And, according to Cumberland Tourism Director Dianne Corriston, that's when all the fun begins.
Corriston met with members of the Tri-City community on Wednesday in an organizational meeting to launch plans for the third annual Kentucky Black Bear Festival.
Started in May 2004 to celebrate the remarkable comeback of the black bear to the hills of Harlan County, the Kentucky Black Bear Festival's intent is to not only provide enjoyment but education.
"It's called edutourism," Corriston said during the festival committee meeting held at Cumberland's Rebecca Caudill Public Library.
It's a term, she said, that is currently being used and promoted among tourism leaders throughout the state.
"We want it to be wrapped up in fun, but the core of this festival is education," Corriston added.
Ideas were shared and discussed how to make this year's Black Bear Festival the best yet.
Committee member Rick Fuller, who works as manager at Kingdom Come State Park, said the festival was still in its infancy but has the potential of being huge.
"This is only our third year, and it's been a learning experience," Fuller said. "This is a work in progress."
Fuller also said he would like to see the festival evolve into a three- or four-day event.
"As it grows, I'd like to see additional days added to the festival," he said. "That's when you'll get your tourists."
The Kentucky Black Bear Festival is traditionally held the second weekend in May. It was started after Kingdom Come park rangers came up with the concept and presented it to Cumberland tourism officials. It has developed into the official kick-off event for a summer season of bear-watching, photographing, hiking and general enjoyment of Kingdom Come State Park and the surrounding mountains of Harlan County.
"But in the process, we want to educate as many people as we can about the importance of learning to responsibly cohabitate with the bears," said Jeremy Williams, Harlan County Extension Agent for Agriculture and Natural Resources.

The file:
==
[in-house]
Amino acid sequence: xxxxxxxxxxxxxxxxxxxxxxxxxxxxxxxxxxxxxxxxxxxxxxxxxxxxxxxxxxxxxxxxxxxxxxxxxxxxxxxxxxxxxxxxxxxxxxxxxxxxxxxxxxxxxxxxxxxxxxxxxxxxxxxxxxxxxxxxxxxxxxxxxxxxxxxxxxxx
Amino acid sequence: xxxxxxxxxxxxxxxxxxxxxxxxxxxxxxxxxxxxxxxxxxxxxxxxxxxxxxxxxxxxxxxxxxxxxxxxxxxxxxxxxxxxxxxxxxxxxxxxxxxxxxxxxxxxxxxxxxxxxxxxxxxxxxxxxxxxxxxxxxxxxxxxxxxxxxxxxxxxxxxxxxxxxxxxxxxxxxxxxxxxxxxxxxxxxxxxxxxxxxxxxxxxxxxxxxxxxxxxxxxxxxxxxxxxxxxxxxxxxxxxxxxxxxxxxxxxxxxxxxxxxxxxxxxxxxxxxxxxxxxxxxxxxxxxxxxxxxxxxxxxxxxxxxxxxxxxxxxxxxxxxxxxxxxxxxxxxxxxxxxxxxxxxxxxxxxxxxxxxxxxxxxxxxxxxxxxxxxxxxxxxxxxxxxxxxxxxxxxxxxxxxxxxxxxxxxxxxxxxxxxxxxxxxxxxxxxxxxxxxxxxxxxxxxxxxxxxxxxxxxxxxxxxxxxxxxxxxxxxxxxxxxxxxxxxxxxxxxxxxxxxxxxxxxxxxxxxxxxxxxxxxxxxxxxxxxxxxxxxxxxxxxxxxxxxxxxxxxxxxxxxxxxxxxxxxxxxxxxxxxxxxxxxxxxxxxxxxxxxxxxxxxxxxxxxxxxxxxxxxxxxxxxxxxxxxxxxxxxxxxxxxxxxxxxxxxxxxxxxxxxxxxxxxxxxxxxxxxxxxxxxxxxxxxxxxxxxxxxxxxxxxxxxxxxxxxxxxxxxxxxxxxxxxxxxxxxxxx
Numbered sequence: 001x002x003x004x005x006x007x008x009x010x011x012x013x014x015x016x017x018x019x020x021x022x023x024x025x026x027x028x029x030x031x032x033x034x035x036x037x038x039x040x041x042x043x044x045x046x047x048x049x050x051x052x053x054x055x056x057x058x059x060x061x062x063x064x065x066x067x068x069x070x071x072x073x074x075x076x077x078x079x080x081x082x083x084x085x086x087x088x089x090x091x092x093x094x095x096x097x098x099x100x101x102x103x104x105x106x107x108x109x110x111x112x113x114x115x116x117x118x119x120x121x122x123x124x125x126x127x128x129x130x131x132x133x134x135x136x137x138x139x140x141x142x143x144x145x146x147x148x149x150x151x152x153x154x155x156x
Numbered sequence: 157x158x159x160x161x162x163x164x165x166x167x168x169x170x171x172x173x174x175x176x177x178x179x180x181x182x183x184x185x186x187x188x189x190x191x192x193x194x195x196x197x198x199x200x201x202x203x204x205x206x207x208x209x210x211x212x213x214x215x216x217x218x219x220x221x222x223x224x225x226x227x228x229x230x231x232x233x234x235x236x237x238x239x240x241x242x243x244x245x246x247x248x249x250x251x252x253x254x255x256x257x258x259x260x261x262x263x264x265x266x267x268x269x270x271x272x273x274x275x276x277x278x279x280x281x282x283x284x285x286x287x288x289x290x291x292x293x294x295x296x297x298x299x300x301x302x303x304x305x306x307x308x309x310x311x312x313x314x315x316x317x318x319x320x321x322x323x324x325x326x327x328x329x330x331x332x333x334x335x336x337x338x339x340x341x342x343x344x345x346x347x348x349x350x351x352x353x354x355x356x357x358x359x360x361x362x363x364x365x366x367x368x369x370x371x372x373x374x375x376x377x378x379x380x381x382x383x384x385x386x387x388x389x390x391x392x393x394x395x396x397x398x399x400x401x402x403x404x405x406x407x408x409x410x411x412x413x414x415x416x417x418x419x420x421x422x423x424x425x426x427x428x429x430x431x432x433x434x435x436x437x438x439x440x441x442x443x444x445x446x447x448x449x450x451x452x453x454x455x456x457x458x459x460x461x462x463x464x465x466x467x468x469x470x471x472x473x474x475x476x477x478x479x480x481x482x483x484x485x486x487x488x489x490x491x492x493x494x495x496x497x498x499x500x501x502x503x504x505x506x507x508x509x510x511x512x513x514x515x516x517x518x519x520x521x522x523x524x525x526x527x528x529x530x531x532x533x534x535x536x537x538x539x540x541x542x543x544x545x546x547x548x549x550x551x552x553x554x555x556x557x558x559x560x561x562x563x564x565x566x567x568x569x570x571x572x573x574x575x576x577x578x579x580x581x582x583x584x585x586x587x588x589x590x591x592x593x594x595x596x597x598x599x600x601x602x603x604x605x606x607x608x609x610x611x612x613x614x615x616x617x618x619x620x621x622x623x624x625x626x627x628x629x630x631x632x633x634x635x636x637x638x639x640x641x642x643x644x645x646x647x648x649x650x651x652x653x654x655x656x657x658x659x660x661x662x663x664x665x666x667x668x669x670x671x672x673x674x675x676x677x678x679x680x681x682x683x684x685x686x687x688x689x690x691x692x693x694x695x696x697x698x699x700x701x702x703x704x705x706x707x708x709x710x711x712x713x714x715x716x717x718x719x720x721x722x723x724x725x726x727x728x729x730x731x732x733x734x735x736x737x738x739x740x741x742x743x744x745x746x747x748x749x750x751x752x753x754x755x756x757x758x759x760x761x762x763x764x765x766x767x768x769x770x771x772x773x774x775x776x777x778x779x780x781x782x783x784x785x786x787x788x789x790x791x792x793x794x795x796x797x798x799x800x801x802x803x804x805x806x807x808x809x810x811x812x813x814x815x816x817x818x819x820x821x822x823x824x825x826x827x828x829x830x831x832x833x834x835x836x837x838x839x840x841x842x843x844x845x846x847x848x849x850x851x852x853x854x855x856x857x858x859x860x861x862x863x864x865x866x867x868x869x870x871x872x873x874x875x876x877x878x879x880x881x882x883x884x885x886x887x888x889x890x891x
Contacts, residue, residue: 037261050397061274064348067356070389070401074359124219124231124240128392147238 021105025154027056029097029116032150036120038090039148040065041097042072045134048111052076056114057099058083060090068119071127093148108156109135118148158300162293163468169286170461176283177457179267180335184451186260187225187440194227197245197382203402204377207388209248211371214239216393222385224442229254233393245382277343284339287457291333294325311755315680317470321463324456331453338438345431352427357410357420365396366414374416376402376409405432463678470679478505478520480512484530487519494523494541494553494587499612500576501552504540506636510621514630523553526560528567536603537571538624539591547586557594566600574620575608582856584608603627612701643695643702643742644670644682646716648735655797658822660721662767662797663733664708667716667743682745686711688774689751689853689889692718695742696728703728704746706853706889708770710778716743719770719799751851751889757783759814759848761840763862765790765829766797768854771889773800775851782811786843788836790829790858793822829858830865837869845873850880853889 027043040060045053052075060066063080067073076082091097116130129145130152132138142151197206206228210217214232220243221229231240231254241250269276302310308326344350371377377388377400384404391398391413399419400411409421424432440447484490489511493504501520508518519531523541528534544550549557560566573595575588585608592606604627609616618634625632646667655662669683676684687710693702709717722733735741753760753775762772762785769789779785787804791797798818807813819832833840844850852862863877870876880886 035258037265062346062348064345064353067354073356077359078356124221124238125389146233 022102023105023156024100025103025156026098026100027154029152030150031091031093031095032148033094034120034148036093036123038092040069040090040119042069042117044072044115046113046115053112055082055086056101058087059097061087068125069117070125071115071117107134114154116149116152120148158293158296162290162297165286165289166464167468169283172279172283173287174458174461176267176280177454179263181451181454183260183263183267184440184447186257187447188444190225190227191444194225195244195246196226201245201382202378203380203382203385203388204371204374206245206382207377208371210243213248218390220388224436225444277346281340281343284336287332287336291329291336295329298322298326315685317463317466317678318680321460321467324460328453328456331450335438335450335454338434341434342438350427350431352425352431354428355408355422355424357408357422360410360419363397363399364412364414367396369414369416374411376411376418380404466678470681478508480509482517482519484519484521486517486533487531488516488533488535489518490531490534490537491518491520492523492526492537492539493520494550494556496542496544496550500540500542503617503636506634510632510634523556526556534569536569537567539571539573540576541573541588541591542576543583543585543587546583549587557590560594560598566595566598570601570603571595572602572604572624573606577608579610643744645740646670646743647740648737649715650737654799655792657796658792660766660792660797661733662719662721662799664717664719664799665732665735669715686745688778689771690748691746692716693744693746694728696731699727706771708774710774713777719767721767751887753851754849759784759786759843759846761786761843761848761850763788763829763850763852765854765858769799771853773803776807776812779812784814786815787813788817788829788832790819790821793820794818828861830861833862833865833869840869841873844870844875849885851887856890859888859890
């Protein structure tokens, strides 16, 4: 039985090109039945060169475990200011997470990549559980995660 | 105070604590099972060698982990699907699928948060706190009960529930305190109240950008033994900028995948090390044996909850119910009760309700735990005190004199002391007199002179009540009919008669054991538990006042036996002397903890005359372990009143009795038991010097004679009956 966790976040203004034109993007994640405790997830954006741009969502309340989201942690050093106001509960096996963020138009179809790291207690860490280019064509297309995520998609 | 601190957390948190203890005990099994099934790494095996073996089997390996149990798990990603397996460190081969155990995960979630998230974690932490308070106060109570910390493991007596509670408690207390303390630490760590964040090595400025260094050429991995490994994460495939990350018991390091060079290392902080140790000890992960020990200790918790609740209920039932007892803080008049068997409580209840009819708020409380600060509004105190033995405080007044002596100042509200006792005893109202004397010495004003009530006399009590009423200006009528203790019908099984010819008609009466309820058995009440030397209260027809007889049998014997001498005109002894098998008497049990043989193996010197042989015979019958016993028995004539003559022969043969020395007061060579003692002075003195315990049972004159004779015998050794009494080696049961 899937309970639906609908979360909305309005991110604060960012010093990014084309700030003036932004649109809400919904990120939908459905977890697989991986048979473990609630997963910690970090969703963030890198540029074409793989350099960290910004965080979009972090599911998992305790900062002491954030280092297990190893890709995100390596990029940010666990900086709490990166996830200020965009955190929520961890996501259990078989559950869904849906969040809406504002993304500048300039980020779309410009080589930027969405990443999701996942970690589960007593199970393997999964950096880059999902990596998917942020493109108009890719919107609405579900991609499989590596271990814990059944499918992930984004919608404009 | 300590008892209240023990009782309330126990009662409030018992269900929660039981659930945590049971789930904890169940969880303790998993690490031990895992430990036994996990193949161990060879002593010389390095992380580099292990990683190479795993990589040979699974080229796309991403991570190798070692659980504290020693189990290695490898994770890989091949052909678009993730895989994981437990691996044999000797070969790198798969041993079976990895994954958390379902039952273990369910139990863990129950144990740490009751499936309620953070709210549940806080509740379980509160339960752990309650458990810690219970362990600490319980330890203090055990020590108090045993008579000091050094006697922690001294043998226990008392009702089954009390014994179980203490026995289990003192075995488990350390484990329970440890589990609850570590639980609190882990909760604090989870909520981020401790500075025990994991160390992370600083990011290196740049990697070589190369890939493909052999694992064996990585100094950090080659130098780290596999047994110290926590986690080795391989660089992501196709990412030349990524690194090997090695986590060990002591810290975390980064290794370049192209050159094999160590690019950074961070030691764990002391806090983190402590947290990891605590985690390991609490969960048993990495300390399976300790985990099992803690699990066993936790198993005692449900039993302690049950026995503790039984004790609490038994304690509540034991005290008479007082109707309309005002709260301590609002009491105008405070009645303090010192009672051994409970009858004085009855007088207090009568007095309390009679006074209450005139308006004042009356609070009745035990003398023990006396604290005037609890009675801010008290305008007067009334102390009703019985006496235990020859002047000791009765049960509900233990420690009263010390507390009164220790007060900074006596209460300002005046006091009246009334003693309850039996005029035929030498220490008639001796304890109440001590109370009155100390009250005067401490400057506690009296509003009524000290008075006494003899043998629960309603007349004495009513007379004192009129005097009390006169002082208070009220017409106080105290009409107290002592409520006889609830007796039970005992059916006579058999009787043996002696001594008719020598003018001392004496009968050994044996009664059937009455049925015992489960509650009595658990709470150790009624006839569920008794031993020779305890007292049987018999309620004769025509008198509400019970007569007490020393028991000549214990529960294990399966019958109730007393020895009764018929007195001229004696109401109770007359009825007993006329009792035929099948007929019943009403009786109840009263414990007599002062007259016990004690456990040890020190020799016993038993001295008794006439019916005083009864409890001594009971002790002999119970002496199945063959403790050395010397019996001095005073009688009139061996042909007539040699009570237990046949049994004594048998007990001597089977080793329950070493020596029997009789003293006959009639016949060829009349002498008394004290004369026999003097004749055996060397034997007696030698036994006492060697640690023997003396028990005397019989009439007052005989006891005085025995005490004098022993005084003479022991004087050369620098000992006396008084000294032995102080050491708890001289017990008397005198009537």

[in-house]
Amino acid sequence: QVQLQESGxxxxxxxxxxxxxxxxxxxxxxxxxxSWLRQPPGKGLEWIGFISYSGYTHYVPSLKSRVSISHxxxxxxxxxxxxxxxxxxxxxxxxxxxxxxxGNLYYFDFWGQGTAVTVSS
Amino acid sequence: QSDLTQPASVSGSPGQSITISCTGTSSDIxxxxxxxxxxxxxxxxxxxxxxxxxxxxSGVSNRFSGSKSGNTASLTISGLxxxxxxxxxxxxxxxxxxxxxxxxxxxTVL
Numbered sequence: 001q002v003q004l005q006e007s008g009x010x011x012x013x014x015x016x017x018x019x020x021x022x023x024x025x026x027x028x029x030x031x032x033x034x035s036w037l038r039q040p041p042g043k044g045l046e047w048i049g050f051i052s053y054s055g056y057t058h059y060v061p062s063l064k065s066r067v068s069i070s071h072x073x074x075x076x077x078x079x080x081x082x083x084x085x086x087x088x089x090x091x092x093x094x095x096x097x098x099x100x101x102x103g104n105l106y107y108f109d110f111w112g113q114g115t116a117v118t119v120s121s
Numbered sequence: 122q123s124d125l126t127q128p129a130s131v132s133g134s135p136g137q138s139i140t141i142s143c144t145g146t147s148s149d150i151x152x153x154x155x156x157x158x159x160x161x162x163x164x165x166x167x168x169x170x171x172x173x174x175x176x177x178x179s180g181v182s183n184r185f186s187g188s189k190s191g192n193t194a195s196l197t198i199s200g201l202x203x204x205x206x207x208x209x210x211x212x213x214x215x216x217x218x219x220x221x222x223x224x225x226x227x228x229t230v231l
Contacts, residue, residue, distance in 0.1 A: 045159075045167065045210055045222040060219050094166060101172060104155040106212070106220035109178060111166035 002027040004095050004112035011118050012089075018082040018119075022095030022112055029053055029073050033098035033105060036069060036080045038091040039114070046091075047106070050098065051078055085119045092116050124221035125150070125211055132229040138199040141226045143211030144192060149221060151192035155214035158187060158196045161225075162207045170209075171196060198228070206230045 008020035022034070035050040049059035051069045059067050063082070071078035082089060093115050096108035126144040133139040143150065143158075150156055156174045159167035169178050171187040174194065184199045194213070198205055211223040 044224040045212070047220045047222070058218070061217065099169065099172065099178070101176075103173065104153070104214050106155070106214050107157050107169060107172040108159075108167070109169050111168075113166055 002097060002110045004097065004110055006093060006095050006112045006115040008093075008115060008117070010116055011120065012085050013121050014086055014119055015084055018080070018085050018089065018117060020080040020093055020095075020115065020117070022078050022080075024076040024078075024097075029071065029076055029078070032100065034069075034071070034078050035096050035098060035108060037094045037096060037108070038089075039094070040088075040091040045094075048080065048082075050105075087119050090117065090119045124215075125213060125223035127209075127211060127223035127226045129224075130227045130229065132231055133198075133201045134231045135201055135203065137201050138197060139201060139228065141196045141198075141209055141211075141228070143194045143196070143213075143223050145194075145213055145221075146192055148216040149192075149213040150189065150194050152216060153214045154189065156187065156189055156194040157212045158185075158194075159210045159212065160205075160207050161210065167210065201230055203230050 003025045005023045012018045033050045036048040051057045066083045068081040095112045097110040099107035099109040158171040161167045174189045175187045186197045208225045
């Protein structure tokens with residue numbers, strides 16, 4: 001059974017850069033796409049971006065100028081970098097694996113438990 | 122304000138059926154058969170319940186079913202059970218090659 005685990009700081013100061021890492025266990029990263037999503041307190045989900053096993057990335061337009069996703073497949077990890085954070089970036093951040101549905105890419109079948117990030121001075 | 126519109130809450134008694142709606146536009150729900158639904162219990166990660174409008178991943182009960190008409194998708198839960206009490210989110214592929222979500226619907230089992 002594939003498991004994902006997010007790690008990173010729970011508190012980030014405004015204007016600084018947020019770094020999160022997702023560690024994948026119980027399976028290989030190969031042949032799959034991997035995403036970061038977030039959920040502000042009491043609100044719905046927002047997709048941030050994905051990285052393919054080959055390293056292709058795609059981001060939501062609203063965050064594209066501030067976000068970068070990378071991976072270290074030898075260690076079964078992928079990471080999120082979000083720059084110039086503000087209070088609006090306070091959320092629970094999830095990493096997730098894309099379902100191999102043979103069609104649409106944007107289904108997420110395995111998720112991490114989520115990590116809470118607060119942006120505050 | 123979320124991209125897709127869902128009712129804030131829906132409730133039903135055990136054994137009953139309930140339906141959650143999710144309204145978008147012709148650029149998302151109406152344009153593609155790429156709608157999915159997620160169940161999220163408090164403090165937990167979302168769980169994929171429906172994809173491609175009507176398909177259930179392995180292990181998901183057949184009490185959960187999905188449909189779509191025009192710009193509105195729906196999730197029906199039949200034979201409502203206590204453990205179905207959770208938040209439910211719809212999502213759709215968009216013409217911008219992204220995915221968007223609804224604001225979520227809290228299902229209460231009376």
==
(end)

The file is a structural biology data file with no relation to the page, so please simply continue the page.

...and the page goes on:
Committee members agreed that most of the festival's education activities should take place at Kingdom Come State Park. In the past, the mountaintop attraction has featured black bear presentations, animal track making for children, as well as fishing and archery activities led by Kentucky Department of Fish and Wildlife personnel.
Suzie Williams, secretary of the Tri-City Chamber of Commerce, said she thought better scheduling with visiting school groups would have more of an impact.
Fuller mentioned initiating school visits prior to the festival as an orientation to better inform teachers as well as students what to expect and what they can benefit from attending. He said he and other rangers from his park would be willing to make the school visits.
Besides education, other activities were brainstormed during Wednesday's meeting that were just simply about having fun at the festival. A carnival, car show, a children's beauty pageant, craft and food booths plus musical entertainment were some of the possibilities.
The next Black Bear Festival committee meeting is scheduled for Feb. 15 at 1 p.m. at the Rebecca Caudill Public Library. Civic groups and individuals are invited to attend and become involved.
For more information, contact Corriston at 589-5812.